Shortly after power is initially applied to ballast 10, inverter driver circuit 220 turns on (at t=0) and begins to provide complementary commutation of inverter transistors 240,260 at a predetermined first drive frequency (e.g., 75 kilohertz) that is substantially higher than the natural resonant frequency of the series resonant circuit that comprises resonant inductor 310 and resonant capacitor 320. Correspondingly, the voltage applied across lamp 20 via output connections 302,304,306,308 will be insufficient to ignite lamp 20.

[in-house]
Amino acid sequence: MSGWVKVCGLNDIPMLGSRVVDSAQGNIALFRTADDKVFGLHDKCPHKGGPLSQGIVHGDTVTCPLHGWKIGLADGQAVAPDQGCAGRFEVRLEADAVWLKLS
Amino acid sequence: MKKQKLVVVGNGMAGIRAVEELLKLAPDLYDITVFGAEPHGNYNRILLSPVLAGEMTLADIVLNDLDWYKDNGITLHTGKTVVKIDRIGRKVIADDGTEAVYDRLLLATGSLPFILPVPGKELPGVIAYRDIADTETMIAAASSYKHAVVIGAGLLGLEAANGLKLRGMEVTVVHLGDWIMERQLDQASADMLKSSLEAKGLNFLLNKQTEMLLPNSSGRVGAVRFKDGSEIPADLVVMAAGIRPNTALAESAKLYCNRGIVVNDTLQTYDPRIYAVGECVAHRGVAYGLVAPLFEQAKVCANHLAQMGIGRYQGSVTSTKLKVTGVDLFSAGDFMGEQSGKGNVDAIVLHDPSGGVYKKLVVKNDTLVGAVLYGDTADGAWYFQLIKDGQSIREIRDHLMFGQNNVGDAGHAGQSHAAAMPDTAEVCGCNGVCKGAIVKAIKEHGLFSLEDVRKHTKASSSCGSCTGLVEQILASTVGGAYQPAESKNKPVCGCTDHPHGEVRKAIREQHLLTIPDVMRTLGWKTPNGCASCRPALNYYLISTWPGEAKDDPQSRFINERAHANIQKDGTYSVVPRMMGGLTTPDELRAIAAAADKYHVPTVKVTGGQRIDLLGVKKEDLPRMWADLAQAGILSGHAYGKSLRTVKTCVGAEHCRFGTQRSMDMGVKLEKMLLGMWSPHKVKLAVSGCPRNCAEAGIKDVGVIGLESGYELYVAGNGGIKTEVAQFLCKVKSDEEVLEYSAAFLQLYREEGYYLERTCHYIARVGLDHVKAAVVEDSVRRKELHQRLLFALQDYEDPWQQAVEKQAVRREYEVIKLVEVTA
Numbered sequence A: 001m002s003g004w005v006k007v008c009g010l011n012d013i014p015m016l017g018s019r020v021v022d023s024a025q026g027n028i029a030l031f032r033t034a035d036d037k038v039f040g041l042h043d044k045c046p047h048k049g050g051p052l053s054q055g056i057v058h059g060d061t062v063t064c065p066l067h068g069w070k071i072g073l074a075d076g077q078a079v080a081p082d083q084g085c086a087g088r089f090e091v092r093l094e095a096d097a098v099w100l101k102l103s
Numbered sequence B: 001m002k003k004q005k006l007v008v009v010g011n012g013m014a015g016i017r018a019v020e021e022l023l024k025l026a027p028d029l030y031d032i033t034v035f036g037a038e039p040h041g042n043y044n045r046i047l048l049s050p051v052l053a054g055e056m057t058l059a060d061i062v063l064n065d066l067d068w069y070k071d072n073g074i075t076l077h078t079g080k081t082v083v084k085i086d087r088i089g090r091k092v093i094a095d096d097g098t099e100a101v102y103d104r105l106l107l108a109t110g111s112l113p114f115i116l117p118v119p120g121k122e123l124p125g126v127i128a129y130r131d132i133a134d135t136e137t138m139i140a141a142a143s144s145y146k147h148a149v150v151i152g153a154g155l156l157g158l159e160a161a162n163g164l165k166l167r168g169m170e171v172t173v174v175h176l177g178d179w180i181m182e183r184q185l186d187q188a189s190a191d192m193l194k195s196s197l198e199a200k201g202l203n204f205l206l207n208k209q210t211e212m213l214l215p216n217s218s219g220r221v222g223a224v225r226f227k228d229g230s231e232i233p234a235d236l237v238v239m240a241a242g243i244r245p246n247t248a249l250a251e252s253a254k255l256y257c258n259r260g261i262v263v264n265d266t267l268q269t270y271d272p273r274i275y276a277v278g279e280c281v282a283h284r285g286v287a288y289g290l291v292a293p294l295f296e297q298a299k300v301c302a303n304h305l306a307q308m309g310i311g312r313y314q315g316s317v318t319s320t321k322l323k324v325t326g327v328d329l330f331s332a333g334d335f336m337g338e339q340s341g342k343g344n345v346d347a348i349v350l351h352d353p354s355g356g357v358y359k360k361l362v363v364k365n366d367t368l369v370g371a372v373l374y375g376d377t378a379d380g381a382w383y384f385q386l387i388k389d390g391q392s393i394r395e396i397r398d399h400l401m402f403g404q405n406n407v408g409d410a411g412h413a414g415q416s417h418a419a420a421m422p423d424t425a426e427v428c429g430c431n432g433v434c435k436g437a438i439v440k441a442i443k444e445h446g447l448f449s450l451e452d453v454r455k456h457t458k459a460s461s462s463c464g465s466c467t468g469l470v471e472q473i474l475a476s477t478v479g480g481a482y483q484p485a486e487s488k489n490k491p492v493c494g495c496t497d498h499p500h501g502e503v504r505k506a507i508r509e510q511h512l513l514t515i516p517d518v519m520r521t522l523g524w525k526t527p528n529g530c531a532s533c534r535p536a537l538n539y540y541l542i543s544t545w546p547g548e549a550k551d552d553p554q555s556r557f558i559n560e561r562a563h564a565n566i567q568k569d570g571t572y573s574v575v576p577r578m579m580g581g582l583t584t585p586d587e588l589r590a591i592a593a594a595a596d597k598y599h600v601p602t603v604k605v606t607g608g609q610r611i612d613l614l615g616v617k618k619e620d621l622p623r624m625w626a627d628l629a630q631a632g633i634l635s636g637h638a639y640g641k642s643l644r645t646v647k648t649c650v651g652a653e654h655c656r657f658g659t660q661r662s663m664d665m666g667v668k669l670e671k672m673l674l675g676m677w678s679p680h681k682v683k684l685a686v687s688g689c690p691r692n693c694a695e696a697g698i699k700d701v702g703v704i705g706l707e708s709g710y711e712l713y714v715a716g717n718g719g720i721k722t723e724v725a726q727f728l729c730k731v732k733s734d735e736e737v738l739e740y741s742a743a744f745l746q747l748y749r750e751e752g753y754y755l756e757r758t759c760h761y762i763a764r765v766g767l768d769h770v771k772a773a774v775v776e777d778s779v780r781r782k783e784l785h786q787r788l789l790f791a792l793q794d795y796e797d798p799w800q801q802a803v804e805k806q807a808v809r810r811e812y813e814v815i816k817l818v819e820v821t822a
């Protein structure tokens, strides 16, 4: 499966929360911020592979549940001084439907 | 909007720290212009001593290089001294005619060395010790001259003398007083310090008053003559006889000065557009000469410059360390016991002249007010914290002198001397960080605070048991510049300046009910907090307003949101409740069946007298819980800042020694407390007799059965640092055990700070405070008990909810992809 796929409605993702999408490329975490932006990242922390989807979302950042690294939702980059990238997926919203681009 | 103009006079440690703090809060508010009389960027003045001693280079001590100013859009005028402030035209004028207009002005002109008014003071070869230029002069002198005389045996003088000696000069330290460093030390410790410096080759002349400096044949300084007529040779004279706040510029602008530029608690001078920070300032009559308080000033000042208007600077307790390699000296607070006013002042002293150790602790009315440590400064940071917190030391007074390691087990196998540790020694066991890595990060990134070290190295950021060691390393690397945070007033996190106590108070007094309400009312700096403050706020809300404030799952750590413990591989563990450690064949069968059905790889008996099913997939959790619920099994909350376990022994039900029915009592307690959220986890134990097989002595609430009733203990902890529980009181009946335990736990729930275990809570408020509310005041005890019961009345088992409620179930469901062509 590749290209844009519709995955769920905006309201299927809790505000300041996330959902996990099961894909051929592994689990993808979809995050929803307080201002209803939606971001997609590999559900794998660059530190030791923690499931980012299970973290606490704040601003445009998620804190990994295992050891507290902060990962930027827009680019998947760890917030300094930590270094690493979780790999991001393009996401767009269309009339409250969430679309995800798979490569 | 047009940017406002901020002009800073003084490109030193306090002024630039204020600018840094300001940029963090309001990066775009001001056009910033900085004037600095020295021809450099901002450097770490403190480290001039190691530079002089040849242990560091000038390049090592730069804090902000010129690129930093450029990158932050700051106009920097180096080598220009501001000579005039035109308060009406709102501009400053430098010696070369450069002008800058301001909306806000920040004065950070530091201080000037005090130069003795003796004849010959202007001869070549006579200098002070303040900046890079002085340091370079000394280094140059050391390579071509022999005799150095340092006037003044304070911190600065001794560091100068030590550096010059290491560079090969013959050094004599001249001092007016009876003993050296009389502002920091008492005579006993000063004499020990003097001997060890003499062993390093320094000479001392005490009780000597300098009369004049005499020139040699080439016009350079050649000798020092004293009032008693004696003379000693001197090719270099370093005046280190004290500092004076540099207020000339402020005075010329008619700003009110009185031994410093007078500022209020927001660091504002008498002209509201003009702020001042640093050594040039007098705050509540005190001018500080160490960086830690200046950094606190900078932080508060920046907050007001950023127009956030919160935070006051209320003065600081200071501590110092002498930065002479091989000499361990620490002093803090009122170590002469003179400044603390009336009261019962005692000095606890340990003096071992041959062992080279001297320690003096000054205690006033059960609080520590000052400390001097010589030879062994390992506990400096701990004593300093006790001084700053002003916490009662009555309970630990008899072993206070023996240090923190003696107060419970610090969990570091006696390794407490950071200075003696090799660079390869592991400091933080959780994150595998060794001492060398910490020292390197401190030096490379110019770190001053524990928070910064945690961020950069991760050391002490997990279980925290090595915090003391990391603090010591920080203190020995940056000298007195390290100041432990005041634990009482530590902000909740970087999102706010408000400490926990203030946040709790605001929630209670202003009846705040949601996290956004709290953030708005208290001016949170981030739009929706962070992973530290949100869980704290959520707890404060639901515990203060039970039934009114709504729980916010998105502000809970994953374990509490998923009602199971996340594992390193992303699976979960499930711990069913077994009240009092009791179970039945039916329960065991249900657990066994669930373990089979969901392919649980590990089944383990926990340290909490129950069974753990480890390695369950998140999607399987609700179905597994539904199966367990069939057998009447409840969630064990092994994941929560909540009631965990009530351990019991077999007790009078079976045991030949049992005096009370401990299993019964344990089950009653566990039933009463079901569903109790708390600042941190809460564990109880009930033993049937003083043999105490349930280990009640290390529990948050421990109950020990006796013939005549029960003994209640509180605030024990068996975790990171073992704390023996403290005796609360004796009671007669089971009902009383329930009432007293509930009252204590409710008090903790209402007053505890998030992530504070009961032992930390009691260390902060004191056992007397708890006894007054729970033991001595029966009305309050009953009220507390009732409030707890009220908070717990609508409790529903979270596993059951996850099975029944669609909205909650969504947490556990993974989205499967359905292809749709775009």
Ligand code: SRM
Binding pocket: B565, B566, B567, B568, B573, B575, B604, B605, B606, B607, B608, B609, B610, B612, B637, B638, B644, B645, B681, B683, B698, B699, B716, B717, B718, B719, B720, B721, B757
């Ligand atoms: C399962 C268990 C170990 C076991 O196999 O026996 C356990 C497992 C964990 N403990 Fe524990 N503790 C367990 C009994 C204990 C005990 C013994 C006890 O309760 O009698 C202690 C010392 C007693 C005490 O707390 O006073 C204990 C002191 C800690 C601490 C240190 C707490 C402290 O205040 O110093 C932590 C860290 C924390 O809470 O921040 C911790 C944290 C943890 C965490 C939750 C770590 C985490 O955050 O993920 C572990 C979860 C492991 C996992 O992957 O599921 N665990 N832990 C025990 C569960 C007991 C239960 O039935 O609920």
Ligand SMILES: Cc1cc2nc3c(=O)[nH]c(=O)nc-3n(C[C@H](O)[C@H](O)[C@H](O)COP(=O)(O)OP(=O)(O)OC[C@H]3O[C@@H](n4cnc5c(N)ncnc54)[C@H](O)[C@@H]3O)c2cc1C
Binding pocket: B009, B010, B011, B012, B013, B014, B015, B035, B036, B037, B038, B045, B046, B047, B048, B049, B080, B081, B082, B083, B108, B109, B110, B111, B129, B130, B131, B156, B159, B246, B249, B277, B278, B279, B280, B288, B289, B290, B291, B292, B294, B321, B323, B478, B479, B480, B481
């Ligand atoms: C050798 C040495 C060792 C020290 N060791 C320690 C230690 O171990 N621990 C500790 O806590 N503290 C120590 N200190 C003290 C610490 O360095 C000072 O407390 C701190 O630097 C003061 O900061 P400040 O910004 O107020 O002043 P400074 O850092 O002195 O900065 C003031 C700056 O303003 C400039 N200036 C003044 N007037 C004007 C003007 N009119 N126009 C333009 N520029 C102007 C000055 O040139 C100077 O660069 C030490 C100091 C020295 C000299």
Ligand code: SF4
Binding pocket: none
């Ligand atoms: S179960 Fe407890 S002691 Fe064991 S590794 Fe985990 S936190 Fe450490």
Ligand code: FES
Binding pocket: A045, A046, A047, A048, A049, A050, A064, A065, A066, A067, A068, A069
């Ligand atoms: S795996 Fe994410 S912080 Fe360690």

During the period 0<t<t1, ballast 10 will operate in what is hereinafter referred to as the preheat mode. During the preheat mode, inverter driver circuit 220 provides a small positive DC voltage (e.g., +5 volts) at preheat control output 222. The small positive DC voltage at preheat control output 222 is coupled, via terminal 404, to gate 422 of FET 420 and causes FET 420 to turn on and to remain on for the duration of the preheat mode. With FET 420 turned on, current flows from first inverter output terminal 206 to circuit ground 50 via the circuit path that includes terminal 402, capacitor 410, filament heating control winding 316, and FET 420. This current flow induces a voltage across filament heating control winding 316 that is magnetically coupled to first and second filament heating windings 312,314 in output circuit 300, thereby providing voltages across windings 312,314 for heating lamp filaments 22,24.